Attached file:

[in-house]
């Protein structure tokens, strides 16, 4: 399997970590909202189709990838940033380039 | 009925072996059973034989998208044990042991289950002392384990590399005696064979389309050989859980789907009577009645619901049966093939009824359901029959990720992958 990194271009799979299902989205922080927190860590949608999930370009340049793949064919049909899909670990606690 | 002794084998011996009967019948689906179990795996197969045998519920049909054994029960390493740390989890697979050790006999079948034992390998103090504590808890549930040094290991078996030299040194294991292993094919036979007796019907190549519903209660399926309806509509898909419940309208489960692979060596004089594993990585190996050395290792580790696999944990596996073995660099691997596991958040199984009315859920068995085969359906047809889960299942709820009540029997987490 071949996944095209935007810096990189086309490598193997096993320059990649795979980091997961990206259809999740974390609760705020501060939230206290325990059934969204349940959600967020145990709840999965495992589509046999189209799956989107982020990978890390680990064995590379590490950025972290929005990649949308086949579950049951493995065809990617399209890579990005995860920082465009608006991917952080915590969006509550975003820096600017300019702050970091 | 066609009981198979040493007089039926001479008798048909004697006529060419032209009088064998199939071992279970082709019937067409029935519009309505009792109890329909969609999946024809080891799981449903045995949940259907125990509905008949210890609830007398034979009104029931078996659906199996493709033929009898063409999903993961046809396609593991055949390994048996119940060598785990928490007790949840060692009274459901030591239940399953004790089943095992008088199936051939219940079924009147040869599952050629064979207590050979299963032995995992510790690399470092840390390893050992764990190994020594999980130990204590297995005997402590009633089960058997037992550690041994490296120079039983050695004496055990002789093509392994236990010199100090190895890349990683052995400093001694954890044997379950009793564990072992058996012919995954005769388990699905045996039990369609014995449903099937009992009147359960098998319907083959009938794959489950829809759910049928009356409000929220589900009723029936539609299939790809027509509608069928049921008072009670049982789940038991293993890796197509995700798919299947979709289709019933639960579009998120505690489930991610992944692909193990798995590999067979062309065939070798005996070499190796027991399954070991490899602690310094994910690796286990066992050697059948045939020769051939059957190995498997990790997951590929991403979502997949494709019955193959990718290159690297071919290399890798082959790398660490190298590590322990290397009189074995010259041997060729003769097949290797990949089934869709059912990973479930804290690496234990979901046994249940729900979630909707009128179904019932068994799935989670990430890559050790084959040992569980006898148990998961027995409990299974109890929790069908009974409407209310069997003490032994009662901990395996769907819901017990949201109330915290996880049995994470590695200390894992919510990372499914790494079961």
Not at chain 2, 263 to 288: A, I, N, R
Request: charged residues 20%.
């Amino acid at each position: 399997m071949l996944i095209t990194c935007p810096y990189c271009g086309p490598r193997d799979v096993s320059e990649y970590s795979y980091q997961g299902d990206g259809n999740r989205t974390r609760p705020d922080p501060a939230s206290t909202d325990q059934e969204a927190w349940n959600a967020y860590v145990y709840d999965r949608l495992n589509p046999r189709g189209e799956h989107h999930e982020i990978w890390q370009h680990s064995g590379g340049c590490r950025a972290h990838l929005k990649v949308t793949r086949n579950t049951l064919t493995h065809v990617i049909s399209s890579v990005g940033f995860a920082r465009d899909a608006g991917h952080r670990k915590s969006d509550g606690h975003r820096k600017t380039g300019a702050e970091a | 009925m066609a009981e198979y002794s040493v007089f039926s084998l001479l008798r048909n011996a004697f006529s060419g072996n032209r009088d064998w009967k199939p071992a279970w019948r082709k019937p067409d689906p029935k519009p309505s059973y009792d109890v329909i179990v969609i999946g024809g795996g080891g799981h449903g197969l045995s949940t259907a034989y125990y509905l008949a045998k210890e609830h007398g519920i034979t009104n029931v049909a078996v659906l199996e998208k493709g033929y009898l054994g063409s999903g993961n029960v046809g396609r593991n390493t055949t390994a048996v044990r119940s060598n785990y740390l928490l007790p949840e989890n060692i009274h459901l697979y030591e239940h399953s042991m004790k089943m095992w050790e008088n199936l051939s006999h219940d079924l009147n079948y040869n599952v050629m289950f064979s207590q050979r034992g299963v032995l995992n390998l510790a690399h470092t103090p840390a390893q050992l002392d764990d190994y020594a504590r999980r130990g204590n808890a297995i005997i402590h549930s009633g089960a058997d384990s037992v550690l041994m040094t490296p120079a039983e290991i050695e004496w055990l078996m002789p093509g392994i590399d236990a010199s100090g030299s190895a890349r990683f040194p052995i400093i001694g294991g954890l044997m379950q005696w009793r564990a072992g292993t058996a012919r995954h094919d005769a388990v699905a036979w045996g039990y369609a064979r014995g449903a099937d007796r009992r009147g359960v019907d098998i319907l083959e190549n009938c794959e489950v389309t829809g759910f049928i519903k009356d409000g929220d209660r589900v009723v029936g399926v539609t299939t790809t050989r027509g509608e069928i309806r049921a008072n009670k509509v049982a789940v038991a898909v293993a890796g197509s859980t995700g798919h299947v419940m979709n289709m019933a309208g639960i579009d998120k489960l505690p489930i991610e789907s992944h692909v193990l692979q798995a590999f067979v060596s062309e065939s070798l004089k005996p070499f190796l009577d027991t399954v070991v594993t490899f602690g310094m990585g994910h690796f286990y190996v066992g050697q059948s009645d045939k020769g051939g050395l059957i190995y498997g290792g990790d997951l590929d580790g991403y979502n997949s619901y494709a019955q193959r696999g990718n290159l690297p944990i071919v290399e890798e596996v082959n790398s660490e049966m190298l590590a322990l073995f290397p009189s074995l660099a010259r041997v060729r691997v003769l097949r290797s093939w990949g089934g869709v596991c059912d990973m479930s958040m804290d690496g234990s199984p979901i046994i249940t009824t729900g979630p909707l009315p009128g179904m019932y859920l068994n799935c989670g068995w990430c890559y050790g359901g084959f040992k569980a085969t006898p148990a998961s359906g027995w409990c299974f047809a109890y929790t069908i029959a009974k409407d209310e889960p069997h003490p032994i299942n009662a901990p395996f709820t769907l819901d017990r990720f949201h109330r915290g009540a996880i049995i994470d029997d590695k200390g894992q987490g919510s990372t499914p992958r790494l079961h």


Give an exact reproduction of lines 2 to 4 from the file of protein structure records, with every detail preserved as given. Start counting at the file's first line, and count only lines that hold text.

């Protein structure tokens, strides 16, 4: 399997970590909202189709990838940033380039 | 009925072996059973034989998208044990042991289950002392384990590399005696064979389309050989859980789907009577009645619901049966093939009824359901029959990720992958 990194271009799979299902989205922080927190860590949608999930370009340049793949064919049909899909670990606690 | 002794084998011996009967019948689906179990795996197969045998519920049909054994029960390493740390989890697979050790006999079948034992390998103090504590808890549930040094290991078996030299040194294991292993094919036979007796019907190549519903209660399926309806509509898909419940309208489960692979060596004089594993990585190996050395290792580790696999944990596996073995660099691997596991958040199984009315859920068995085969359906047809889960299942709820009540029997987490 071949996944095209935007810096990189086309490598193997096993320059990649795979980091997961990206259809999740974390609760705020501060939230206290325990059934969204349940959600967020145990709840999965495992589509046999189209799956989107982020990978890390680990064995590379590490950025972290929005990649949308086949579950049951493995065809990617399209890579990005995860920082465009608006991917952080915590969006509550975003820096600017300019702050970091 | 066609009981198979040493007089039926001479008798048909004697006529060419032209009088064998199939071992279970082709019937067409029935519009309505009792109890329909969609999946024809080891799981449903045995949940259907125990509905008949210890609830007398034979009104029931078996659906199996493709033929009898063409999903993961046809396609593991055949390994048996119940060598785990928490007790949840060692009274459901030591239940399953004790089943095992008088199936051939219940079924009147040869599952050629064979207590050979299963032995995992510790690399470092840390390893050992764990190994020594999980130990204590297995005997402590009633089960058997037992550690041994490296120079039983050695004496055990002789093509392994236990010199100090190895890349990683052995400093001694954890044997379950009793564990072992058996012919995954005769388990699905045996039990369609014995449903099937009992009147359960098998319907083959009938794959489950829809759910049928009356409000929220589900009723029936539609299939790809027509509608069928049921008072009670049982789940038991293993890796197509995700798919299947979709289709019933639960579009998120505690489930991610992944692909193990798995590999067979062309065939070798005996070499190796027991399954070991490899602690310094994910690796286990066992050697059948045939020769051939059957190995498997990790997951590929991403979502997949494709019955193959990718290159690297071919290399890798082959790398660490190298590590322990290397009189074995010259041997060729003769097949290797990949089934869709059912990973479930804290690496234990979901046994249940729900979630909707009128179904019932068994799935989670990430890559050790084959040992569980006898148990998961027995409990299974109890929790069908009974409407209310069997003490032994009662901990395996769907819901017990949201109330915290996880049995994470590695200390894992919510990372499914790494079961």
Not at chain 2, 263 to 288: A, I, N, R
Request: charged residues 20%.